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PPP needed to deal with SDG financing gaps

President Nana Addo Dankwa Akufo-Addo, has called for enhanced public-private partnerships to deal with financing gaps in the implementation of the Sustainable Development Goals (SDGs).

He said financing challenges, if not addressed, through increased collaborations between the government, private sector, academia and civil society groups, would impede the realisation of the 2030 goals.

He said these in a speech read on his behalf by Professor George  Gyan Baffour, Minister of Planning at the Accra SDGs Investment Fair in Accra yesterday on the theme: “Sustainable Development Financing: Building Mutually Beneficial Partnerships.”

The collaborations, he added, were necessary to equip current and future workforce with the requisite tool set to be able to compete in future job markets.

“Agenda 2030 calls for increased partnerships between stakeholders including government, private sector, academia, civil society organisations and research to ensure that we make the right choices from now to enhance the quality of life for our people and lead to rapid socioeconomic growth and development of the continent,” he stated.

Currently, he explained that, financial flows fell short of what was required for implementation of the agenda adding that “we must do all we can to generate the needed resources for sustainable development.”

“The global economy, it is said, requires US$89 trillion in infrastructure investments across cities, energy and land-use systems and US$4.1 trillion in incremental investment for low carbon transition in order to enable the delivery of the 1.5-degree celsius target under SDG 13.

The African Development Bank (ADB) reports that the annual infrastructure financing gap in Africa alone is US$100 billion. The multilateral system is under strain”, he added.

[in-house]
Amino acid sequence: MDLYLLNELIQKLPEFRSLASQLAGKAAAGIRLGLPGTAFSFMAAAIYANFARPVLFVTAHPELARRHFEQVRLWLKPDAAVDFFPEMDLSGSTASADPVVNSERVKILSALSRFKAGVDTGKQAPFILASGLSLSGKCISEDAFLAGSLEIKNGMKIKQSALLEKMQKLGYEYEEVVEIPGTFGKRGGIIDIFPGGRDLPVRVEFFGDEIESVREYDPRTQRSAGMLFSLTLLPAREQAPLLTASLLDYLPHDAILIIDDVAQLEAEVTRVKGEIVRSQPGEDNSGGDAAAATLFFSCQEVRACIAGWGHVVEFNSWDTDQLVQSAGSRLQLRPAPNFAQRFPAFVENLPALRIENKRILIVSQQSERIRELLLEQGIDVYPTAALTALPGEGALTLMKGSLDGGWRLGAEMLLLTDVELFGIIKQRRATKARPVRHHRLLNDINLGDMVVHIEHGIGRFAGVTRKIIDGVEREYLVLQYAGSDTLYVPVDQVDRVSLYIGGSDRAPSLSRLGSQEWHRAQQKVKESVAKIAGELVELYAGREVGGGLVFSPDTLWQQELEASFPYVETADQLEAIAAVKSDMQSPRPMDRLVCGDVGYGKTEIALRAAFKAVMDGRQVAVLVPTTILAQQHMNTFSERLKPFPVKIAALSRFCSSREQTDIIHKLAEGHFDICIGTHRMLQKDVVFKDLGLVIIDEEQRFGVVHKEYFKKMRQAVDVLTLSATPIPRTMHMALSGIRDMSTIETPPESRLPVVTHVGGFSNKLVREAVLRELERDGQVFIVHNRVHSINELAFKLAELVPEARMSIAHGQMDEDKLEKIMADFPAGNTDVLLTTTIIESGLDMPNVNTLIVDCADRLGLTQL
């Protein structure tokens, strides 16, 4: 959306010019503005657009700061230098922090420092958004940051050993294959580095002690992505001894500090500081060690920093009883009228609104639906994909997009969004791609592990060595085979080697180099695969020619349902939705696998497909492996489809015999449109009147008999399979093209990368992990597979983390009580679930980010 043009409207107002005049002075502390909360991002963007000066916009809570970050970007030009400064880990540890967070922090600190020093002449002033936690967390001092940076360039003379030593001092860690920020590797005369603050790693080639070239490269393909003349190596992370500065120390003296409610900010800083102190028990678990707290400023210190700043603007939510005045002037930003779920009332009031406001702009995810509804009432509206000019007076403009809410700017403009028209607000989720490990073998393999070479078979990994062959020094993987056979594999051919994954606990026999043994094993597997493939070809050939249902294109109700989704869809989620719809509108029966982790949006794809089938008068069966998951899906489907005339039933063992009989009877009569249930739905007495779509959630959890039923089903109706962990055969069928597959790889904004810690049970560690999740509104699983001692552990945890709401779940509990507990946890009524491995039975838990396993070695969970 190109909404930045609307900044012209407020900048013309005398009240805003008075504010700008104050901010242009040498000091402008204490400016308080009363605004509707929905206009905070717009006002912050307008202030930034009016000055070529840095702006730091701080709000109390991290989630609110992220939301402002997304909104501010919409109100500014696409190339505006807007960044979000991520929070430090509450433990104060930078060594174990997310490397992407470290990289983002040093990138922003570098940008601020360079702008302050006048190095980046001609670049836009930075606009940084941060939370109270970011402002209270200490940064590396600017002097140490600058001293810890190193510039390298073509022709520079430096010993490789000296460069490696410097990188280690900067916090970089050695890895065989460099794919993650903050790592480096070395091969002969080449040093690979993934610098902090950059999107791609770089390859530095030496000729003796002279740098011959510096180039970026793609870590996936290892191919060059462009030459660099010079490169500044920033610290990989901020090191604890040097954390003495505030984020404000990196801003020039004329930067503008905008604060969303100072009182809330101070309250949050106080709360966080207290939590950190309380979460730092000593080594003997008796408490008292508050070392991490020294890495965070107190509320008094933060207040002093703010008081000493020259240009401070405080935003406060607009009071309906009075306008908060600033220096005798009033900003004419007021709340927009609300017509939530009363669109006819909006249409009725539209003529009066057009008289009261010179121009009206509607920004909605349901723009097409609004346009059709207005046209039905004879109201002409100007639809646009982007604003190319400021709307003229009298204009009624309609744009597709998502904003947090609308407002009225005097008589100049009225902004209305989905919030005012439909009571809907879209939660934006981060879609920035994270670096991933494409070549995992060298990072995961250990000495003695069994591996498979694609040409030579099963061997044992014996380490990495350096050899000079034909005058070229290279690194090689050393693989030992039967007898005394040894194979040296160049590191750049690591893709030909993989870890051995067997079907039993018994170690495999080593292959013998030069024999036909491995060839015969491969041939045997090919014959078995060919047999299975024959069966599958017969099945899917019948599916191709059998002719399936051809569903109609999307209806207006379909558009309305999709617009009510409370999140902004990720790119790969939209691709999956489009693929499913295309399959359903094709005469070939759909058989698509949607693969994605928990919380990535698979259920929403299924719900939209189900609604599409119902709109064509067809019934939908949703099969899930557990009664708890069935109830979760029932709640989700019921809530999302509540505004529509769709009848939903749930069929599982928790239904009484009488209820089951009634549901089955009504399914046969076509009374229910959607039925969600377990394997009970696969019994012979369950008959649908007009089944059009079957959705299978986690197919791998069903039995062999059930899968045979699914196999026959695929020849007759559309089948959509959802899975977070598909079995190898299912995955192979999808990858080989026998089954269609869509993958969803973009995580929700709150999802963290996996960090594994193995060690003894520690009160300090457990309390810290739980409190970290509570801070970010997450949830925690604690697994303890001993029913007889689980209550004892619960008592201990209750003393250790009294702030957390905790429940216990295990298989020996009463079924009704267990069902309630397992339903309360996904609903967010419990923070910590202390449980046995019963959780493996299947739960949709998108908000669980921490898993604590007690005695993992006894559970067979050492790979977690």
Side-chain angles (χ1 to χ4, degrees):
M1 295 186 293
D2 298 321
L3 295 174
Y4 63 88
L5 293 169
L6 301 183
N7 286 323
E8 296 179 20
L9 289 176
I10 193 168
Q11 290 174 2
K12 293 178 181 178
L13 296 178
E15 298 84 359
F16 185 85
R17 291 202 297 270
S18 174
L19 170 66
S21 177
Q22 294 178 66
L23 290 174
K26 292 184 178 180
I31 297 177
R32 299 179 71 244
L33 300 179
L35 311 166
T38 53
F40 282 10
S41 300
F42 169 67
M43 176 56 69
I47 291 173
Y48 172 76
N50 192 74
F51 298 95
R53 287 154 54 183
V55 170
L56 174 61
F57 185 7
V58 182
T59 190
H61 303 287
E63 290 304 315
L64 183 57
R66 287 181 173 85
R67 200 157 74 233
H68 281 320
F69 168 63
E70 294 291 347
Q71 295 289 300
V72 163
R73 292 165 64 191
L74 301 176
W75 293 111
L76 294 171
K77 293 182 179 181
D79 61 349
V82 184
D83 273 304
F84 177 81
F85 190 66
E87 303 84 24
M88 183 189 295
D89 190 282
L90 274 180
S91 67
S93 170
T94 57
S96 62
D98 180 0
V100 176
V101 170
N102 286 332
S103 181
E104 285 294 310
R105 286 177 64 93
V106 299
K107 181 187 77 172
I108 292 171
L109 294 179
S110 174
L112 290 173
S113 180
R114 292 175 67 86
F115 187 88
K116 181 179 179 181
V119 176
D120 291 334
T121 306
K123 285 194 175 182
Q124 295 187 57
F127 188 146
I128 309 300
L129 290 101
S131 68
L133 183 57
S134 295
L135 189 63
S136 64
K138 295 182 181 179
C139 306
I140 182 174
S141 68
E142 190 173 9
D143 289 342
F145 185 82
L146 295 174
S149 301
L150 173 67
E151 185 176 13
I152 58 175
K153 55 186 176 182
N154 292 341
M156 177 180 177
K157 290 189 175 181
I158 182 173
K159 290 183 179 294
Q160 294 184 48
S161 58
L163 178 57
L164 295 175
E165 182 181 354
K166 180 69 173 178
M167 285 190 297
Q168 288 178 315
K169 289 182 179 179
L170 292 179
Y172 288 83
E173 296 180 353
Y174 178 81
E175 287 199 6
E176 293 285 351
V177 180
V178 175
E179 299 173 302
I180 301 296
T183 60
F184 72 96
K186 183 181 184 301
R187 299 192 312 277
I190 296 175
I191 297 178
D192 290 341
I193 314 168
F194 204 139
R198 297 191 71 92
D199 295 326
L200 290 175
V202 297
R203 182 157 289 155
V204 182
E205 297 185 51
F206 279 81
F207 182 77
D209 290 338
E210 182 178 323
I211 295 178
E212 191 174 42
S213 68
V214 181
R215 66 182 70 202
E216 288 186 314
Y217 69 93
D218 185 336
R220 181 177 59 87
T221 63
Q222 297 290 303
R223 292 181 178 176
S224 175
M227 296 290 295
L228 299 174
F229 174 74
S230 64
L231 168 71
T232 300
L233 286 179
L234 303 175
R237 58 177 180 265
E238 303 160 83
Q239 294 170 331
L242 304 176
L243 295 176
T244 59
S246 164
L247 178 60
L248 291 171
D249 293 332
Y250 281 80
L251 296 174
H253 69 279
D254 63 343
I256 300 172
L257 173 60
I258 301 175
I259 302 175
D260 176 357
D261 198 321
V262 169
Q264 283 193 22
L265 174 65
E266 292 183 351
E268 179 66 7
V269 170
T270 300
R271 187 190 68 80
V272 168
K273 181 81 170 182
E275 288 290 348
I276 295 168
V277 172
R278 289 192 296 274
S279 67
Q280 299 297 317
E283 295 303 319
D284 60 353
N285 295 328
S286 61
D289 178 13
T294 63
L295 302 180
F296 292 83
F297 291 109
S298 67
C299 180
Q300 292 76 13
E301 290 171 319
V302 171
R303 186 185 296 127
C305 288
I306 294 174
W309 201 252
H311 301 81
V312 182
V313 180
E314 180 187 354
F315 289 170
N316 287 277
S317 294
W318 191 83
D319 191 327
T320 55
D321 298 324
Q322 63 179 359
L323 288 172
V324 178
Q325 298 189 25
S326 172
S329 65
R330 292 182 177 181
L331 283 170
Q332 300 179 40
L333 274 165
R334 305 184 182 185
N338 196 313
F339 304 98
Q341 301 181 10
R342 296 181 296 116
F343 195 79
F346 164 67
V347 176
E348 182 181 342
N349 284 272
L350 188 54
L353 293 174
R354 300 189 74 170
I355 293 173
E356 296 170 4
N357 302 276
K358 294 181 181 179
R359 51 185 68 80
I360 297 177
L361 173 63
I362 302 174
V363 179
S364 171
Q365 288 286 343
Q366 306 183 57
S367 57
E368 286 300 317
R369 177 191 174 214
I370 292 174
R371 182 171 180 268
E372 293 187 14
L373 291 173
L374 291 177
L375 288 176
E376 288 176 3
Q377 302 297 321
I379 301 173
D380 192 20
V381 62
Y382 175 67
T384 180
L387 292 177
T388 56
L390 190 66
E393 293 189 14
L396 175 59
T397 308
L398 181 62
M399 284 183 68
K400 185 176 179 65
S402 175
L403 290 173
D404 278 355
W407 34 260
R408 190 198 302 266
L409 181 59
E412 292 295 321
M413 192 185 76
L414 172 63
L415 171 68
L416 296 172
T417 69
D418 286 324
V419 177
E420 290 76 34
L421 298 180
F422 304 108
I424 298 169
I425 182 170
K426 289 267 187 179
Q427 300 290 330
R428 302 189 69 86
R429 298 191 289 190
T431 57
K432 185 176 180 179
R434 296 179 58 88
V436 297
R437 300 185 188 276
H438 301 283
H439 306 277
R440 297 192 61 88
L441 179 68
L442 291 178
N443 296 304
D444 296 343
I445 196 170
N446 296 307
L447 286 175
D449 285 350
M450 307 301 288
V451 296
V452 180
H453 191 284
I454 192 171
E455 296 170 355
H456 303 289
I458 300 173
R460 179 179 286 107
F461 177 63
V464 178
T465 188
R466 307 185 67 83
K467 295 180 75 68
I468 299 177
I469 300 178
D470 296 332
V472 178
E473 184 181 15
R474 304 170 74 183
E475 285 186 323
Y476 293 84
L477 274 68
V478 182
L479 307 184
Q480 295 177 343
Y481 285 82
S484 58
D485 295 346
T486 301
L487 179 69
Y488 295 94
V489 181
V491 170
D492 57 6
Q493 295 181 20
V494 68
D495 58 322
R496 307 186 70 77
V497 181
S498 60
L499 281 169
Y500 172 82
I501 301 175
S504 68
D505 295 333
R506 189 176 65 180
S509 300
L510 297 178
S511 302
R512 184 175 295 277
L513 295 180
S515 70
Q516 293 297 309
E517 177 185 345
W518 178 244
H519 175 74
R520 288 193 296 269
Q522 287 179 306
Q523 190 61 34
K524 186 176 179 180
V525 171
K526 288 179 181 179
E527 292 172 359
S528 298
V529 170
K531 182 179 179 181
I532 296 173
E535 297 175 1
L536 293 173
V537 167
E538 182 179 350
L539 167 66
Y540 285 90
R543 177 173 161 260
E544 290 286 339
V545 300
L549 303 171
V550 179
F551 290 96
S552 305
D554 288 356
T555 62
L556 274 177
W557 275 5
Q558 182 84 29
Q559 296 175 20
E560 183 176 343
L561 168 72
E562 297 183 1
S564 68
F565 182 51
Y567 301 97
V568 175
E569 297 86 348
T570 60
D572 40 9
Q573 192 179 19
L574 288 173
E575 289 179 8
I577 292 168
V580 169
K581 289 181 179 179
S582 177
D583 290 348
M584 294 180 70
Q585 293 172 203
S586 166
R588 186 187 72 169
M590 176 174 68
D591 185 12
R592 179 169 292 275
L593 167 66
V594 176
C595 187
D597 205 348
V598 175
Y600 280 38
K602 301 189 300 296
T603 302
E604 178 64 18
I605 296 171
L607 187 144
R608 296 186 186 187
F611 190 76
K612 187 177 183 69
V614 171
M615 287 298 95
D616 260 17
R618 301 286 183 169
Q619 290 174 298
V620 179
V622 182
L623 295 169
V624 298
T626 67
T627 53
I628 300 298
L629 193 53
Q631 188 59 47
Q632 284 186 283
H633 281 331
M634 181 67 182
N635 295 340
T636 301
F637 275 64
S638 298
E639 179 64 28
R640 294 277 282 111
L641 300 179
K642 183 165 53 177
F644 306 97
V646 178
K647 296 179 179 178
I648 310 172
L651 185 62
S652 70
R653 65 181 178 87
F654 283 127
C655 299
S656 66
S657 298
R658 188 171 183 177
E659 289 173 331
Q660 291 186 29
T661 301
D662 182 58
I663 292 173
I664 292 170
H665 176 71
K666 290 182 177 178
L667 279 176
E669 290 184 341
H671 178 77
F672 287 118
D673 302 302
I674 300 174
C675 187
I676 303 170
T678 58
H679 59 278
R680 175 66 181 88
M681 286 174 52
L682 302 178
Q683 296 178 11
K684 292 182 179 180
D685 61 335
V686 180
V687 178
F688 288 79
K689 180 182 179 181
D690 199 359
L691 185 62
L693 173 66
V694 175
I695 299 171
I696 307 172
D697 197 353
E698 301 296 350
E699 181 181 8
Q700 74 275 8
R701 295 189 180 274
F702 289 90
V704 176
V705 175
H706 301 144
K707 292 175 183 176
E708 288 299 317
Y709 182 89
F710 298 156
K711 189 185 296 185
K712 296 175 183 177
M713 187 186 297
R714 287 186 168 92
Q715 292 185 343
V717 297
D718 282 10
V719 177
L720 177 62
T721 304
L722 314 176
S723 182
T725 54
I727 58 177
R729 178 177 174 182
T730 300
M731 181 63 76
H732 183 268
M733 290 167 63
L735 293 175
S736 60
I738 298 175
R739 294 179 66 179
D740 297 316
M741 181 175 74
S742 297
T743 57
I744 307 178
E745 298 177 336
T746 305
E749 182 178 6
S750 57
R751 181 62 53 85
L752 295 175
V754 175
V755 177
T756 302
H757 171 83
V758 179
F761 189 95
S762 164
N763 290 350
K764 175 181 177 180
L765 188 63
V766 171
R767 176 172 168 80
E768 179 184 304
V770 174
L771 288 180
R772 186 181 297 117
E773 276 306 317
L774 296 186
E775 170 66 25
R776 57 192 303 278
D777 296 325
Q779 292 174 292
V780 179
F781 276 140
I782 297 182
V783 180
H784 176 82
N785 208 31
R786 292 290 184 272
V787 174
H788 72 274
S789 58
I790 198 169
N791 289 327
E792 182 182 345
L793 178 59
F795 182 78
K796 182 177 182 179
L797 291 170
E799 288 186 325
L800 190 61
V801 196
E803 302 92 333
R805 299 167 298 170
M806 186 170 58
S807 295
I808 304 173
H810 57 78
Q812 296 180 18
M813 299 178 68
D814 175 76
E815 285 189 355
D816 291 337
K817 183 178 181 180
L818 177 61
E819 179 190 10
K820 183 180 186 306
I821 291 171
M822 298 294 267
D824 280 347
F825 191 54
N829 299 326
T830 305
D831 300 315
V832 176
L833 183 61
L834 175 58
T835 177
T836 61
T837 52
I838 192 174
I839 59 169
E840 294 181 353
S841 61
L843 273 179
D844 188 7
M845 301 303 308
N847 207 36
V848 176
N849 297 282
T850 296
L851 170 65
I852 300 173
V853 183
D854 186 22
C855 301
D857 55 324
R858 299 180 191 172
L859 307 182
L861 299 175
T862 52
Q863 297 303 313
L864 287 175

In response to these challenges, President Akufo-Addo noted that Ghana had focused on increased mobilisation of domestic public resources and the development and strengthening of regulatory frameworks that effectively align domestic and international private business and finance with public goals

To consolidate the economic growth achieved so far, he stated that government’s economic policies was anchored on driving foreign direct investment, digitisation, infrastructure development, domestic revenue mobilisation, financial support to local enterprises, science and technology and international financial services centre.

Additionally, micro, small and medium-scale enterprises would be prioritised to serve as the driving force of the economy, create employment and wealth and enable innovation and human empowerment, he indicated.

Minister of Finance, Ken Ofori-Atta, said the fair was to stir up more initiatives and collaborations, guided by the concept of shared value, to create value for society and enable the private sector to realise significant returns on their investments.

He noted that present global challenges including immigration and climate change reiterated the need for local, regional and international collaborations to address the problems to the benefit of both the developed and developing countries.

He called on local and foreign businesses and financial institutions to support the financing of the SDGs by partnering government and injecting funds into private sector projects which has the potential for shared value.

Such support, he explained could also be in the form of leading discussions to tackle the challenges with the global financial architecture, which disadvantages the countries in the South.

Mr Ofori-Atta said African youths were ready for technical and financial supports which could promote their innovative creations and called on governments in the continent and investors to enable them to contribute to economic growth.

BY CLAUDE NYARKO ADAMS

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